Gina Crome by Gina Crome

March is National Nutrition Month, an annual campaign sponsored by the Academy of Nutrition and Dietetics to provide education around the pivotal role nutrition plays in overall health. The 2017 theme is “Put Your Best Fork Forward,” which helps inspire us to strive to make every bite count. Small changes can add up to big results over time. For example, one approach that can have a positive impact is a concept known as mindful eating. Continue reading this mindful eating article to learn all you need to know about this concept.

Mindful Eating 101

People eat for many reasons. Environmental cues or certain emotions often guide our eating behaviors, including overeating and unintentional eating, even when we’re not physically hungry. Studies in eating behaviors suggest that when individuals are engaged in a distraction, such as watching television, their attention is drawn away from the food being eaten, which can actually lead to increased food intake (Hetherington, 2006). This, in turn, contributes to unintended weight gain, difficulty in losing weight and, ultimately, higher incidences of obesity.

Mindful eating involves being completely aware of your eating experience and perceptions in the present moment, thus helping you to disengage from unconscious habits and behaviors. This practice includes being aware of physical verses emotional hunger and using satiety cues to guide your decisions about when and how much to eat.

How Can I Practice Eating Mindfully?

There isn’t a right or wrong way to eat, but it’s important to understand that individuals have varying degrees of attention surrounding food intake. When you consciously direct your awareness to the immediate sensory experience that food brings about, you become more in tune to your body’s natural satiety signals. This helps you distinguish between physical versus emotional hunger.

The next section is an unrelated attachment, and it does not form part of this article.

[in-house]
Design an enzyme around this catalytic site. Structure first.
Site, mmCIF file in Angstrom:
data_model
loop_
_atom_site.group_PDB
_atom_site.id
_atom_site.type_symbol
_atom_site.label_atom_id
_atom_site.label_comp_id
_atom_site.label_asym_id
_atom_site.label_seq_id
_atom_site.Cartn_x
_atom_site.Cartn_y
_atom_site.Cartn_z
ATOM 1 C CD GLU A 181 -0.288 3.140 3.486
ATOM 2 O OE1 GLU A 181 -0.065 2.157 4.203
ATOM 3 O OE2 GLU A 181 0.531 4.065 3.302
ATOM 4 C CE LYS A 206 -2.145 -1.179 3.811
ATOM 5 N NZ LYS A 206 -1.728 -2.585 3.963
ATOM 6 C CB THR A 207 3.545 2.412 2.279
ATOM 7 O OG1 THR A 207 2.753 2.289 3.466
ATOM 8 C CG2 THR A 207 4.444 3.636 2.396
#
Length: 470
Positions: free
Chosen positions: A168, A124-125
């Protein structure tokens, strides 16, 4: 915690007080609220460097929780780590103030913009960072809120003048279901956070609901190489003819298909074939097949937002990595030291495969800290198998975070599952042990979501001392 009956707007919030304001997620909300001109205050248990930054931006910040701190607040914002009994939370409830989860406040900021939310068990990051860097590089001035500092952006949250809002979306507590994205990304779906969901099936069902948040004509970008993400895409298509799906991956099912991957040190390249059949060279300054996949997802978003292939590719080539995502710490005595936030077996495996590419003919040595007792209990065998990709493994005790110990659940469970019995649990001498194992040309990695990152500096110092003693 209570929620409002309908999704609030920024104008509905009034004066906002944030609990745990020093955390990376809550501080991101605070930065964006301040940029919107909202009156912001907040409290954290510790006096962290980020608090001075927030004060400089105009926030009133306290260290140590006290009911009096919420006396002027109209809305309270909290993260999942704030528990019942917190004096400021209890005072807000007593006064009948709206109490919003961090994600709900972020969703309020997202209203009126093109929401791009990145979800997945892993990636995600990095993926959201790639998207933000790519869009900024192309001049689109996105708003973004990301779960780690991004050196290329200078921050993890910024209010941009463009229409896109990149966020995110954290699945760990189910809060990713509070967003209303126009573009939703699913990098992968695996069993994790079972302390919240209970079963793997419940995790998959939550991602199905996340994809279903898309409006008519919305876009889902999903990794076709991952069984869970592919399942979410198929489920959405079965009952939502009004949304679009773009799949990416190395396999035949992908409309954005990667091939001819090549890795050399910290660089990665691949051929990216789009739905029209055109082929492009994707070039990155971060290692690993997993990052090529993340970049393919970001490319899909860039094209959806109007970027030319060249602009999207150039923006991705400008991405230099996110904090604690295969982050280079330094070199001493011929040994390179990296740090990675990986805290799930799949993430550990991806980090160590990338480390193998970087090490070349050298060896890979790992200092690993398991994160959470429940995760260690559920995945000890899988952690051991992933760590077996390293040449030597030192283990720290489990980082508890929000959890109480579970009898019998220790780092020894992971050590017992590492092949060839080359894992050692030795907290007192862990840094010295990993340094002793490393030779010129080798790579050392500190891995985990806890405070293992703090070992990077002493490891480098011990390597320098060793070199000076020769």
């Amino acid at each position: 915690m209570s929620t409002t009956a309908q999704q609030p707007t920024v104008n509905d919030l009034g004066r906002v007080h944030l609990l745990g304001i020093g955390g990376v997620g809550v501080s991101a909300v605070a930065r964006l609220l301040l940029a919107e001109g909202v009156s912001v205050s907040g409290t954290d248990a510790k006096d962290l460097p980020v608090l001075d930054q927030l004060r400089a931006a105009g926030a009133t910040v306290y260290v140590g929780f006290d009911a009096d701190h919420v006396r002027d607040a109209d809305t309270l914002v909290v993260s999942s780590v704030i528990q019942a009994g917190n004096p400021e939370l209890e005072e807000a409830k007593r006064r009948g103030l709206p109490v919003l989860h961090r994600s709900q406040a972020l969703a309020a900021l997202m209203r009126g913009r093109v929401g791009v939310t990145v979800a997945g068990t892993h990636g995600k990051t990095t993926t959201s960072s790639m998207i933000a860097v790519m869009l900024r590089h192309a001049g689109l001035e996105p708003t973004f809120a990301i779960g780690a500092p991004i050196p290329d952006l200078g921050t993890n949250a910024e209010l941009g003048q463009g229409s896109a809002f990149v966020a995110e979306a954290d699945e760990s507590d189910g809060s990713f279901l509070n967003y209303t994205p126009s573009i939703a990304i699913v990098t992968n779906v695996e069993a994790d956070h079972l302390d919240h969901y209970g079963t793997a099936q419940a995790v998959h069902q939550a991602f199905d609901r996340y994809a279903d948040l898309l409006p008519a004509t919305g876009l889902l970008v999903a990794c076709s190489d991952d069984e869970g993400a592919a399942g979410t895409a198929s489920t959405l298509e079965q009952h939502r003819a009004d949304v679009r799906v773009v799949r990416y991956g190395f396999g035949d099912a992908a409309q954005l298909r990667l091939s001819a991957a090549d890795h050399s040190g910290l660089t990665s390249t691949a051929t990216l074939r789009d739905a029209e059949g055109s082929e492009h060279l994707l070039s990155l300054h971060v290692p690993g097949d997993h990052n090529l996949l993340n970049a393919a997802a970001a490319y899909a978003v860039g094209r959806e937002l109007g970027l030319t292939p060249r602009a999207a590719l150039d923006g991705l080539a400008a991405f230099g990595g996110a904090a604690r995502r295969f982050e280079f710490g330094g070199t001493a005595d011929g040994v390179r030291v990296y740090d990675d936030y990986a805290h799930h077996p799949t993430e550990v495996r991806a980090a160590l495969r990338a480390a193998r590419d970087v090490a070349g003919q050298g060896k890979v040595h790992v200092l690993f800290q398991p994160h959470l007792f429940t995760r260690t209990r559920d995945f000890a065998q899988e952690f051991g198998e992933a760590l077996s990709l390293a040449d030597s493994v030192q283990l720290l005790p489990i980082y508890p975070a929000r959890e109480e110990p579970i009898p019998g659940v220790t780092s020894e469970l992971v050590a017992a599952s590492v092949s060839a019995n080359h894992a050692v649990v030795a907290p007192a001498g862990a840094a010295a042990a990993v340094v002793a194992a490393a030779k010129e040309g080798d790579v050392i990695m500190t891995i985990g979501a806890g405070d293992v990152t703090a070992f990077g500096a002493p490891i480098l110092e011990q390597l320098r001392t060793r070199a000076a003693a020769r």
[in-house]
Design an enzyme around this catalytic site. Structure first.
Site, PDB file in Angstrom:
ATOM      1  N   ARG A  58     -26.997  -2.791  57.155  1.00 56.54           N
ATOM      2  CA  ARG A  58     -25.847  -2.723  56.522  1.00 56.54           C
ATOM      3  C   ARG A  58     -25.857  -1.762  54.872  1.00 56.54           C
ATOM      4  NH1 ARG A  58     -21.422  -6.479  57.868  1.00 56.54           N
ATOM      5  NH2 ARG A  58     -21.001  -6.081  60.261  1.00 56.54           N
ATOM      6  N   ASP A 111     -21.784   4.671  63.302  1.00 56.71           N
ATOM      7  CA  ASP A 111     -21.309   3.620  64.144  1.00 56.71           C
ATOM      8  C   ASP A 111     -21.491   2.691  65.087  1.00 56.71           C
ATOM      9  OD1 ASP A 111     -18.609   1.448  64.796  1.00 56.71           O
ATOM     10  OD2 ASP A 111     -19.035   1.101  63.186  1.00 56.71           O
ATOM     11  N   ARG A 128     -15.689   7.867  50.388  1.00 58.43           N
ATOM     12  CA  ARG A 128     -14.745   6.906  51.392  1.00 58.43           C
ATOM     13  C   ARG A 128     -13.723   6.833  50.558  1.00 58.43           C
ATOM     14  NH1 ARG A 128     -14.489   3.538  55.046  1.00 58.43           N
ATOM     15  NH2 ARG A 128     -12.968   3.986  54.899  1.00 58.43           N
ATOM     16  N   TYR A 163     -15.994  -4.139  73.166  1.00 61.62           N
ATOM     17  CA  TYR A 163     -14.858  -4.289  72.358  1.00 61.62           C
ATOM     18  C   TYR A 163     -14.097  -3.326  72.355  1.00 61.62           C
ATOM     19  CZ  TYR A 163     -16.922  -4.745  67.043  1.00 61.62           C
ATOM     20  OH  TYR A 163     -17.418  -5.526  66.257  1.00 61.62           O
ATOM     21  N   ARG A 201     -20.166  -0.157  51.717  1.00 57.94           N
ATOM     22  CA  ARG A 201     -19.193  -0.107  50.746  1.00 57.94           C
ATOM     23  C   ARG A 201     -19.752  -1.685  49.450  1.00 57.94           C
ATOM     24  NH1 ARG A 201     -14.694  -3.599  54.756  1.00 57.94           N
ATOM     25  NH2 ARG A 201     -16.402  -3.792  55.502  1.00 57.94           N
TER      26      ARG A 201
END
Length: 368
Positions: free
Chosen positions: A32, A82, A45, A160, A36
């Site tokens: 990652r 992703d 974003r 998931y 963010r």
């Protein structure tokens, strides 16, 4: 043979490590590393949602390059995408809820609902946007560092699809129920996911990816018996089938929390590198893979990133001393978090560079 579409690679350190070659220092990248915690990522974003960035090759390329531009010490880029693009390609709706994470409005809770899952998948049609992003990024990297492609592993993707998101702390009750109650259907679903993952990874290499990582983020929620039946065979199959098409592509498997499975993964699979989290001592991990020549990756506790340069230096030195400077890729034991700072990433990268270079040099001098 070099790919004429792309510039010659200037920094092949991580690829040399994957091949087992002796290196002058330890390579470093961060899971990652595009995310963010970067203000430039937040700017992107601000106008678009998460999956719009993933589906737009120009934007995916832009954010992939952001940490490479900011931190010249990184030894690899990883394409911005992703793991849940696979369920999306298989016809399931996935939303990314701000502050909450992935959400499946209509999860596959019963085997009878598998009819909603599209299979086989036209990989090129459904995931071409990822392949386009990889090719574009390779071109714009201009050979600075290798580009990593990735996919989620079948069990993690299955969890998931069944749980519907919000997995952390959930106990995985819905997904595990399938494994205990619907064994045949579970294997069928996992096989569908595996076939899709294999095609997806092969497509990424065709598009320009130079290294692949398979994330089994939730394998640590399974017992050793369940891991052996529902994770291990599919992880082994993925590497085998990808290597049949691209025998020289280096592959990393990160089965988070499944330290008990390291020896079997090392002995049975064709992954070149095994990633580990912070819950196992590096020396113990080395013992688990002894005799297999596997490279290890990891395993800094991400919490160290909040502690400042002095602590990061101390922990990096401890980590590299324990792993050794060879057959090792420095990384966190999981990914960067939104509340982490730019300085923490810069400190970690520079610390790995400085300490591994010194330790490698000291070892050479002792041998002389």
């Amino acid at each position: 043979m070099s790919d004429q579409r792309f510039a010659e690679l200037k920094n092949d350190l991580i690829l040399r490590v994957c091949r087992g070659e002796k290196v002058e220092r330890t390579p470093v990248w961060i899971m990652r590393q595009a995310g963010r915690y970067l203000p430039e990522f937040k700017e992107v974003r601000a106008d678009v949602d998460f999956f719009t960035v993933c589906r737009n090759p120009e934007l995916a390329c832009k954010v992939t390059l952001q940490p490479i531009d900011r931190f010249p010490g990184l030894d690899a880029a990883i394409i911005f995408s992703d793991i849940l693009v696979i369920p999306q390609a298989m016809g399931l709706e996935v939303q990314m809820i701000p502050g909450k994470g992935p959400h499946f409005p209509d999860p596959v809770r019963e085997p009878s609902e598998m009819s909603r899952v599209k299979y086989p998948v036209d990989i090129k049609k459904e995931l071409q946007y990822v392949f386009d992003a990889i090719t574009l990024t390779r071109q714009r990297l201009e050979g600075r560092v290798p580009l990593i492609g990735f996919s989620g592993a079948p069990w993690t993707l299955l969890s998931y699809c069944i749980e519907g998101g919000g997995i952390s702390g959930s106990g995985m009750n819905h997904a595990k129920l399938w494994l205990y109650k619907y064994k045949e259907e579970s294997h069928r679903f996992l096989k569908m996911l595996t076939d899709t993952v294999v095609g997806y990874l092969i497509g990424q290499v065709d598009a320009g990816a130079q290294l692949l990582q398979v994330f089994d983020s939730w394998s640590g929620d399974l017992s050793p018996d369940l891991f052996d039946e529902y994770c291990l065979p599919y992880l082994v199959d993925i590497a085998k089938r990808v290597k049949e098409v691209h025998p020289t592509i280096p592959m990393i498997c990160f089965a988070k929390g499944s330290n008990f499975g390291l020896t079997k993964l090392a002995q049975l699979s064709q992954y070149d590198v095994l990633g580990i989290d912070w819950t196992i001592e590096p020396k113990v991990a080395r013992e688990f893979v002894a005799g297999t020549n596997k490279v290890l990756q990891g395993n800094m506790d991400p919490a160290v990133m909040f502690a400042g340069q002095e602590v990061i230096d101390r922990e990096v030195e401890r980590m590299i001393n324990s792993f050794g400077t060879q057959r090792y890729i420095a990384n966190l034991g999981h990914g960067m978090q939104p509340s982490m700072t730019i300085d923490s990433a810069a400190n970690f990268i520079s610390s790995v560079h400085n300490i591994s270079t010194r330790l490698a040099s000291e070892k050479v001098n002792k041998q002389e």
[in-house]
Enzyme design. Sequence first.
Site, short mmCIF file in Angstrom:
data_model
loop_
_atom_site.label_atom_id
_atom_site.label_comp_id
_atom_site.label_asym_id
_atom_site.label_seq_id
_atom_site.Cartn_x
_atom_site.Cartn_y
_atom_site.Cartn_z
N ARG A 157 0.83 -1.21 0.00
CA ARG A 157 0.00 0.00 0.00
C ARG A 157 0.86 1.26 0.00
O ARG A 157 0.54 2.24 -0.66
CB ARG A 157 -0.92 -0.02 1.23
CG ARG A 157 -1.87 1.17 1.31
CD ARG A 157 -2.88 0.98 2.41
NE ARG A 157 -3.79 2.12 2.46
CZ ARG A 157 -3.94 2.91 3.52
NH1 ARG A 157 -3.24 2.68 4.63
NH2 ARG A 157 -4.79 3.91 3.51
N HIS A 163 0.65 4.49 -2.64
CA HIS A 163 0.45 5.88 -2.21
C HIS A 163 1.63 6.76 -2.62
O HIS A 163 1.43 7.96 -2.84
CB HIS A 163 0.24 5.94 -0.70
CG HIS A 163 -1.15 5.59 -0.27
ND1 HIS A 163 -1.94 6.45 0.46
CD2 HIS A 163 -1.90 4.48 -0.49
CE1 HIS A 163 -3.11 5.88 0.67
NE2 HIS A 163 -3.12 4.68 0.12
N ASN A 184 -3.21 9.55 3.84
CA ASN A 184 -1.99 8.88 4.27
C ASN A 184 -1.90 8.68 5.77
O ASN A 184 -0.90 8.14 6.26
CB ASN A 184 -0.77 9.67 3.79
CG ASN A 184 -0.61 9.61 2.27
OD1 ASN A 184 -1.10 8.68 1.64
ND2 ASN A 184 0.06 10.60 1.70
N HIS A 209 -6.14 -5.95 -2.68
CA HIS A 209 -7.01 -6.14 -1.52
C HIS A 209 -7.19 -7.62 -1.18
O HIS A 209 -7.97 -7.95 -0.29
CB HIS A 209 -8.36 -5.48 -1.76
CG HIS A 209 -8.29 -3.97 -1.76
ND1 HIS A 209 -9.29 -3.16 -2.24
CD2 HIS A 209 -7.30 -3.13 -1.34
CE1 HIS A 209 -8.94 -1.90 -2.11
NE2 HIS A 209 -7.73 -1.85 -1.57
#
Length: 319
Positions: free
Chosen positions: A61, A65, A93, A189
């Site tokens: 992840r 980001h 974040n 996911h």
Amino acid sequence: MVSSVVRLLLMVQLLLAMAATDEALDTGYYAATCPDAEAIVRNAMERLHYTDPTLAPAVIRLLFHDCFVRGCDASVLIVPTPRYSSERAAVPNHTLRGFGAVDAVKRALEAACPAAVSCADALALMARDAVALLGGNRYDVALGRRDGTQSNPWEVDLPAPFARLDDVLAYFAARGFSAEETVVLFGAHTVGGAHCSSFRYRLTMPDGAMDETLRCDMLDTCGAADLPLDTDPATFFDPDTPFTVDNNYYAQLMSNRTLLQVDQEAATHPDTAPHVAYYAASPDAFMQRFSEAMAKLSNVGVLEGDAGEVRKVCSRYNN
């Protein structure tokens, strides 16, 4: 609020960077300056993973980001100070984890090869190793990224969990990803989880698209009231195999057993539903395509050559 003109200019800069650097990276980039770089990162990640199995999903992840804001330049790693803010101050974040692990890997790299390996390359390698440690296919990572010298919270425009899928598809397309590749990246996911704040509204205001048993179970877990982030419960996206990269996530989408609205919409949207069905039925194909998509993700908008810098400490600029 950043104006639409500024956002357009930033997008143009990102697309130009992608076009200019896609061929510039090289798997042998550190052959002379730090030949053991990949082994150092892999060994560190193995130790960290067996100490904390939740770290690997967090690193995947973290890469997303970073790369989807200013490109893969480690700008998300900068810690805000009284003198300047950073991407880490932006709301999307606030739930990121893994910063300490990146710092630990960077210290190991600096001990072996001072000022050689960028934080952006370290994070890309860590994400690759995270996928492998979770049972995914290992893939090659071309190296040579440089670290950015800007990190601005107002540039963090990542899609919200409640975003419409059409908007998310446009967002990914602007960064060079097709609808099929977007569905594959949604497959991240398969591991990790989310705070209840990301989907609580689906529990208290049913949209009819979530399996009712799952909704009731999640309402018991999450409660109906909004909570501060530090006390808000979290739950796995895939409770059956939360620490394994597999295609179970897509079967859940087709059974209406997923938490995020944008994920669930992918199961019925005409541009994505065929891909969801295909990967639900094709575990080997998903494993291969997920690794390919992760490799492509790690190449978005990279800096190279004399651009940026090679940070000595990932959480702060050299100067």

As you begin to practice eating more mindfully, the hunger scale can be a helpful way to measure your hunger level, before, during and after eating.

The Hunger Scale

Rate your hunger level before, during and after your meal.

1 = Extremely Hungry          4 = Satisfied (not hungry nor full)      7 = Extremely Full

2 = Very Hungry                   5 = Mildly Full                                                                 

3 = Mildly Hungry                 6 = Very Full                                                                        


Hunger Level Before

Hunger Level During

Hunger Level After













Mindful eating takes a bit of practice to master. As you begin to hone your internal signals of satiety, you will be better equipped to minimize distractions and distinguish emotional factors that often cloud your better judgment. In doing so, you will be on your way toward creating a more healthy and satisfying relationship with food.




Hetherington, M. et al. (2006). Situational effects on meal intake: A comparison of eating alone and eating with others. Physiology and Behavior, 88, 4-5, 498-505.